By Zane Pokorny, 20 September 2018
- Before your organization can make the most of the threats you generate, you must have a good sense of three things: your goals, resources and capabilities.
- The ambiguous risks are often the most damaging for organizations that do not have a plan properly aligned with these three factors.
- Our new Threat Intelligence Gradient provides a tool to assess the maturity of your organization's threat information.
Good threat intelligence takes introspection
Imperfect information, fog of war, hypocognition – whatever you want to call it, the problem of incomplete knowledge afflicts the security professionals of each band. In particular, cyber threats continue to become more pernicious, with attacks that seem to come without warning, are difficult to ascribe and sometimes cause devastating damage.
The goal of threat intelligence is to provide external knowledge and contexts to help keep you safe from these cyber attacks. But the effective application of threat intelligence also requires a good deal of introspection. Before focusing on the acquisition of information that you can take action on, you need to understand the goals, resources and capabilities of your organization.
Developing the right level of self-awareness is difficult, especially when it comes to measuring one's ability to deal with ambiguous risks. Mastering the intelligence bases of threats sometimes leads organizations to believe they are prepared for even bigger threats – an often mistaken assumption that can lead to catastrophe.
Management of ambiguous risks
An in-depth study conducted by the Harvard Business Review found that some of the most damaging events emerged in circumstances where the warning signs were ambiguous and their potential for harm was unclear. In these cases, and in many fields, managers have often taken a more conservative approach to reclamation.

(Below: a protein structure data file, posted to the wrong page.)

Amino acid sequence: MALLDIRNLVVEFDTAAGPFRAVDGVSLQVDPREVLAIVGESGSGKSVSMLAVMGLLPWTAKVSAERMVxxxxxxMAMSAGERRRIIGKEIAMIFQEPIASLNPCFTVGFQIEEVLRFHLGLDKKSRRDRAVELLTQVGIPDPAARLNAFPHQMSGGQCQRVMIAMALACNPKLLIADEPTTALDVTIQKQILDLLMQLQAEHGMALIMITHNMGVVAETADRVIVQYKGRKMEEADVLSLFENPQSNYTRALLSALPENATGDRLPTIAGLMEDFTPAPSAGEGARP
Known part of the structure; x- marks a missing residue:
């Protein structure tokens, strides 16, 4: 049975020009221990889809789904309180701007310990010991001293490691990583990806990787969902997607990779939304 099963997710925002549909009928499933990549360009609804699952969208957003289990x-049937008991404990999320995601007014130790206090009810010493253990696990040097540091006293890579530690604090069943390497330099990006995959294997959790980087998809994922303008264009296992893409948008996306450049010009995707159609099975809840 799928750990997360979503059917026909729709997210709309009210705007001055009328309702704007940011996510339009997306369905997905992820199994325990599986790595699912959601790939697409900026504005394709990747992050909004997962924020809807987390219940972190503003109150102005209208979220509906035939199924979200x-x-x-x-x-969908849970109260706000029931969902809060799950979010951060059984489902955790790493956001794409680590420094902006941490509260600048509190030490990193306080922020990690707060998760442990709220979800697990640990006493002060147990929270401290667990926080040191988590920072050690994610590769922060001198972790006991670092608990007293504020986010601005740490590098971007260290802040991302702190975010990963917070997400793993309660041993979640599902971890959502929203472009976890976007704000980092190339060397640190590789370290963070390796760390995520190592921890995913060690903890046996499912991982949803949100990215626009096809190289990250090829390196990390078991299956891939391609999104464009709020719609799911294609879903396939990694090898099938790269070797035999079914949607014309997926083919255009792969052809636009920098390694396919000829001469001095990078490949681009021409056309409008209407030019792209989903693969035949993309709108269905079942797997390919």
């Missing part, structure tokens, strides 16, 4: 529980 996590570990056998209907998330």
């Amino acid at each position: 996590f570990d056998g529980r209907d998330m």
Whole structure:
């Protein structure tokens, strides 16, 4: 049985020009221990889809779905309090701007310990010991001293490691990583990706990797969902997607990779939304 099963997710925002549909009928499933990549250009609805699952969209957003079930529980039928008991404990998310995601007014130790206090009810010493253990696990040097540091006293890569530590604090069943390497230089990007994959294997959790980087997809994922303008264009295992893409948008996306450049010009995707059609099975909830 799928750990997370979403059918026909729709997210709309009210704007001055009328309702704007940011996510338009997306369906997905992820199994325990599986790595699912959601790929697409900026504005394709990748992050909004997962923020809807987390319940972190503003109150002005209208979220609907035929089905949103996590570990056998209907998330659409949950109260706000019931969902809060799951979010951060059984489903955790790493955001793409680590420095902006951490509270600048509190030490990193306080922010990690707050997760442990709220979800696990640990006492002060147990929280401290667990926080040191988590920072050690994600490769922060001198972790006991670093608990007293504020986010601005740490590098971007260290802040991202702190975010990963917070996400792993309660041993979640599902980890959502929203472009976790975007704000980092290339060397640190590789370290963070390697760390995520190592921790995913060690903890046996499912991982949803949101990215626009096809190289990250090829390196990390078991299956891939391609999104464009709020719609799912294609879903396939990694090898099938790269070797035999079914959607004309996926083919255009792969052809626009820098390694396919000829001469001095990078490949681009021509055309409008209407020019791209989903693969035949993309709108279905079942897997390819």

In other words, they did not do enough.
Whether it is confirming errors or excessive security, it is common for organizations that do not have a well-designed emergency response plan to not adequately judge the severity of threats.
According to the same study, organizations that successfully navigate ambiguous threats "do not improvise during a recovery window, but rather rigorously apply a series of detection and response capabilities that they have developed and practiced in advance."
However, preparation should not be considered synonymous with rigidity. In fact, organizations often respond more rigidly to threats when they do not have enough data and practice. "Faced with vague evidence," reads the study, "we often intensify our commitment to current lines of action, particularly when we have invested a lot of time and money on them."
Evaluation of threat intelligence capabilities
That's why it's so important to determine in advance how effectively your organization is using its threat intelligence: the more you are able to exploit your intelligence in an effective, more flexible and faster action, your team will be able to start and respond to real threats when they happen. For example, registered customers of Future are able to identify threats 10 times faster using real-time threat intelligence.
We have developed a threat information selector to tell you exactly how you are. Whether you're just beginning to integrate threat intelligence into your organization's IT security efforts, or if you already have an advanced program, it should help you determine what your strengths are and what areas you need to focus on. We ask questions like:
- Who in your organization is consuming threat information?
- How does your organization gather technical, open web and dark web sources?
- How does your organization generate intelligence reports on finished threats?
Evaluation is quick, but both the final score and the questions themselves will help you to examine more critically the parameters we have mentioned above: the objectives of your organization, its resources and its capabilities.
To assess the maturity of your organization's threat information, try our Grader today.